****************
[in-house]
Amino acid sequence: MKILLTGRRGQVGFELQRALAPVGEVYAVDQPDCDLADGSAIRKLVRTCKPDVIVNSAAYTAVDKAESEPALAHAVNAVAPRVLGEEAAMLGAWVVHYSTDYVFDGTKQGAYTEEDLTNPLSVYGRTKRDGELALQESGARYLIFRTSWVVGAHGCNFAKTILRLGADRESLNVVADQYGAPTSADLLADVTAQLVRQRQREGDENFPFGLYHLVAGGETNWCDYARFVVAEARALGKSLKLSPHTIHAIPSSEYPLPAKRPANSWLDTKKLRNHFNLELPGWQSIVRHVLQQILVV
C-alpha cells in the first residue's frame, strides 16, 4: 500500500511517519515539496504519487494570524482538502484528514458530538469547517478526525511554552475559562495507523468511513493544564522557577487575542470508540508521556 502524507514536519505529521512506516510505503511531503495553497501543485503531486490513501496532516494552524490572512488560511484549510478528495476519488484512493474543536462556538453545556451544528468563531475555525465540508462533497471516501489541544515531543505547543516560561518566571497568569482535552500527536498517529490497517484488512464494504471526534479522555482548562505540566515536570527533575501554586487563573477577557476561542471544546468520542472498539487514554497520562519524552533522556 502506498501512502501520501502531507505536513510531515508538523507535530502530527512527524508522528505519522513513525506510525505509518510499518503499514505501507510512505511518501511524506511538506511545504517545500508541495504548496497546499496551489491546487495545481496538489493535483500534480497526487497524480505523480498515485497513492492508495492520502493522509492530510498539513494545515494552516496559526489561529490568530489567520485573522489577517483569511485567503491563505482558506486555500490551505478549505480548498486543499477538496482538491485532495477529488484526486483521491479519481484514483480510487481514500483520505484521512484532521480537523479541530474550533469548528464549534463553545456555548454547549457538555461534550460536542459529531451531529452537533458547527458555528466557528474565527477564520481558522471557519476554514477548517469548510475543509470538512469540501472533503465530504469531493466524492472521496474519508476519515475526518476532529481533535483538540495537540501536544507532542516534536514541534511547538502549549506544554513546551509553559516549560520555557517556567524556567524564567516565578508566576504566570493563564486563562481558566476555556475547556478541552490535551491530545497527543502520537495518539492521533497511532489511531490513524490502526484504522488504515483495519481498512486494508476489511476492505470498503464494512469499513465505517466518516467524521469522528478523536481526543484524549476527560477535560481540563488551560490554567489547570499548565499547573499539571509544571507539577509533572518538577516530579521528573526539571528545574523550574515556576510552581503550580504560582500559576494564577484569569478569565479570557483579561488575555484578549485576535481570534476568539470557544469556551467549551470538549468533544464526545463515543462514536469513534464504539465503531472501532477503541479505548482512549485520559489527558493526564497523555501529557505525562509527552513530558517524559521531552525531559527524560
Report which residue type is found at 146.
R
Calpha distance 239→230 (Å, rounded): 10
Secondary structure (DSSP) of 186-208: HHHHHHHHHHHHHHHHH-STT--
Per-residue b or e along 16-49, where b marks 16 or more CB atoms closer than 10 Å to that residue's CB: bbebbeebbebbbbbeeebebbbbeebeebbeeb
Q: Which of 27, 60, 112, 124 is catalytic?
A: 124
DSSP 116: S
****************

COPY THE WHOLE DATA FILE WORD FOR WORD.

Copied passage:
[in-house]
Amino acid sequence: MKILLTGRRGQVGFELQRALAPVGEVYAVDQPDCDLADGSAIRKLVRTCKPDVIVNSAAYTAVDKAESEPALAHAVNAVAPRVLGEEAAMLGAWVVHYSTDYVFDGTKQGAYTEEDLTNPLSVYGRTKRDGELALQESGARYLIFRTSWVVGAHGCNFAKTILRLGADRESLNVVADQYGAPTSADLLADVTAQLVRQRQREGDENFPFGLYHLVAGGETNWCDYARFVVAEARALGKSLKLSPHTIHAIPSSEYPLPAKRPANSWLDTKKLRNHFNLELPGWQSIVRHVLQQILVV
C-alpha cells in the first residue's frame, strides 16, 4: 500500500511517519515539496504519487494570524482538502484528514458530538469547517478526525511554552475559562495507523468511513493544564522557577487575542470508540508521556 502524507514536519505529521512506516510505503511531503495553497501543485503531486490513501496532516494552524490572512488560511484549510478528495476519488484512493474543536462556538453545556451544528468563531475555525465540508462533497471516501489541544515531543505547543516560561518566571497568569482535552500527536498517529490497517484488512464494504471526534479522555482548562505540566515536570527533575501554586487563573477577557476561542471544546468520542472498539487514554497520562519524552533522556 502506498501512502501520501502531507505536513510531515508538523507535530502530527512527524508522528505519522513513525506510525505509518510499518503499514505501507510512505511518501511524506511538506511545504517545500508541495504548496497546499496551489491546487495545481496538489493535483500534480497526487497524480505523480498515485497513492492508495492520502493522509492530510498539513494545515494552516496559526489561529490568530489567520485573522489577517483569511485567503491563505482558506486555500490551505478549505480548498486543499477538496482538491485532495477529488484526486483521491479519481484514483480510487481514500483520505484521512484532521480537523479541530474550533469548528464549534463553545456555548454547549457538555461534550460536542459529531451531529452537533458547527458555528466557528474565527477564520481558522471557519476554514477548517469548510475543509470538512469540501472533503465530504469531493466524492472521496474519508476519515475526518476532529481533535483538540495537540501536544507532542516534536514541534511547538502549549506544554513546551509553559516549560520555557517556567524556567524564567516565578508566576504566570493563564486563562481558566476555556475547556478541552490535551491530545497527543502520537495518539492521533497511532489511531490513524490502526484504522488504515483495519481498512486494508476489511476492505470498503464494512469499513465505517466518516467524521469522528478523536481526543484524549476527560477535560481540563488551560490554567489547570499548565499547573499539571509544571507539577509533572518538577516530579521528573526539571528545574523550574515556576510552581503550580504560582500559576494564577484569569478569565479570557483579561488575555484578549485576535481570534476568539470557544469556551467549551470538549468533544464526545463515543462514536469513534464504539465503531472501532477503541479505548482512549485520559489527558493526564497523555501529557505525562509527552513530558517524559521531552525531559527524560
Report which residue type is found at 146.
R
Calpha distance 239→230 (Å, rounded): 10
Secondary structure (DSSP) of 186-208: HHHHHHHHHHHHHHHHH-STT--
Per-residue b or e along 16-49, where b marks 16 or more CB atoms closer than 10 Å to that residue's CB: bbebbeebbebbbbbeeebebbbbeebeebbeeb
Q: Which of 27, 60, 112, 124 is catalytic?
A: 124
DSSP 116: S